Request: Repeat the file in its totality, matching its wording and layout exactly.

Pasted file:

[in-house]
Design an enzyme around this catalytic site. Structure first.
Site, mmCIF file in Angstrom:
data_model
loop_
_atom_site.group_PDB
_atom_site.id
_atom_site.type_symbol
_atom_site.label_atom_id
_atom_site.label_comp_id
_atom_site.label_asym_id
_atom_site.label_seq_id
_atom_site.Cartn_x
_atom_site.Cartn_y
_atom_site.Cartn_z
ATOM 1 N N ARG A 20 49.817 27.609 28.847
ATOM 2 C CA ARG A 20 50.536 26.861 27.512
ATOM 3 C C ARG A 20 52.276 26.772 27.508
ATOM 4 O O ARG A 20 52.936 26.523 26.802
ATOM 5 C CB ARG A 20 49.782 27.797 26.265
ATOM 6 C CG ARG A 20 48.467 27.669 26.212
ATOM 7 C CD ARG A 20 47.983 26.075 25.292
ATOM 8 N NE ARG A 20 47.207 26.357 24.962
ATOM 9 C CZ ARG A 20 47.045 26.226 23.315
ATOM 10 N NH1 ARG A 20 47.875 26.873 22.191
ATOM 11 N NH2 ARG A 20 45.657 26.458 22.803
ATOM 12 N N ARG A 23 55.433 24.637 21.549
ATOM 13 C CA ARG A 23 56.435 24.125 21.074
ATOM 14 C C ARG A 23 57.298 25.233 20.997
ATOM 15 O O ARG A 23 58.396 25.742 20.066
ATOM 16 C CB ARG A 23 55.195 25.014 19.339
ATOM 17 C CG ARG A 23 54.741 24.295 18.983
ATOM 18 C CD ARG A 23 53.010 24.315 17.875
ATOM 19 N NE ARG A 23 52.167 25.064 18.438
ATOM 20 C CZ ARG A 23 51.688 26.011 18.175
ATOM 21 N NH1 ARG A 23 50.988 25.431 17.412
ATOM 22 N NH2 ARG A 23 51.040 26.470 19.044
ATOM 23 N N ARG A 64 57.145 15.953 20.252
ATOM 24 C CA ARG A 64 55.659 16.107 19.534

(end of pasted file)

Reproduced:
[in-house]
Design an enzyme around this catalytic site. Structure first.
Site, mmCIF file in Angstrom:
data_model
loop_
_atom_site.group_PDB
_atom_site.id
_atom_site.type_symbol
_atom_site.label_atom_id
_atom_site.label_comp_id
_atom_site.label_asym_id
_atom_site.label_seq_id
_atom_site.Cartn_x
_atom_site.Cartn_y
_atom_site.Cartn_z
ATOM 1 N N ARG A 20 49.817 27.609 28.847
ATOM 2 C CA ARG A 20 50.536 26.861 27.512
ATOM 3 C C ARG A 20 52.276 26.772 27.508
ATOM 4 O O ARG A 20 52.936 26.523 26.802
ATOM 5 C CB ARG A 20 49.782 27.797 26.265
ATOM 6 C CG ARG A 20 48.467 27.669 26.212
ATOM 7 C CD ARG A 20 47.983 26.075 25.292
ATOM 8 N NE ARG A 20 47.207 26.357 24.962
ATOM 9 C CZ ARG A 20 47.045 26.226 23.315
ATOM 10 N NH1 ARG A 20 47.875 26.873 22.191
ATOM 11 N NH2 ARG A 20 45.657 26.458 22.803
ATOM 12 N N ARG A 23 55.433 24.637 21.549
ATOM 13 C CA ARG A 23 56.435 24.125 21.074
ATOM 14 C C ARG A 23 57.298 25.233 20.997
ATOM 15 O O ARG A 23 58.396 25.742 20.066
ATOM 16 C CB ARG A 23 55.195 25.014 19.339
ATOM 17 C CG ARG A 23 54.741 24.295 18.983
ATOM 18 C CD ARG A 23 53.010 24.315 17.875
ATOM 19 N NE ARG A 23 52.167 25.064 18.438
ATOM 20 C CZ ARG A 23 51.688 26.011 18.175
ATOM 21 N NH1 ARG A 23 50.988 25.431 17.412
ATOM 22 N NH2 ARG A 23 51.040 26.470 19.044
ATOM 23 N N ARG A 64 57.145 15.953 20.252
ATOM 24 C CA ARG A 64 55.659 16.107 19.534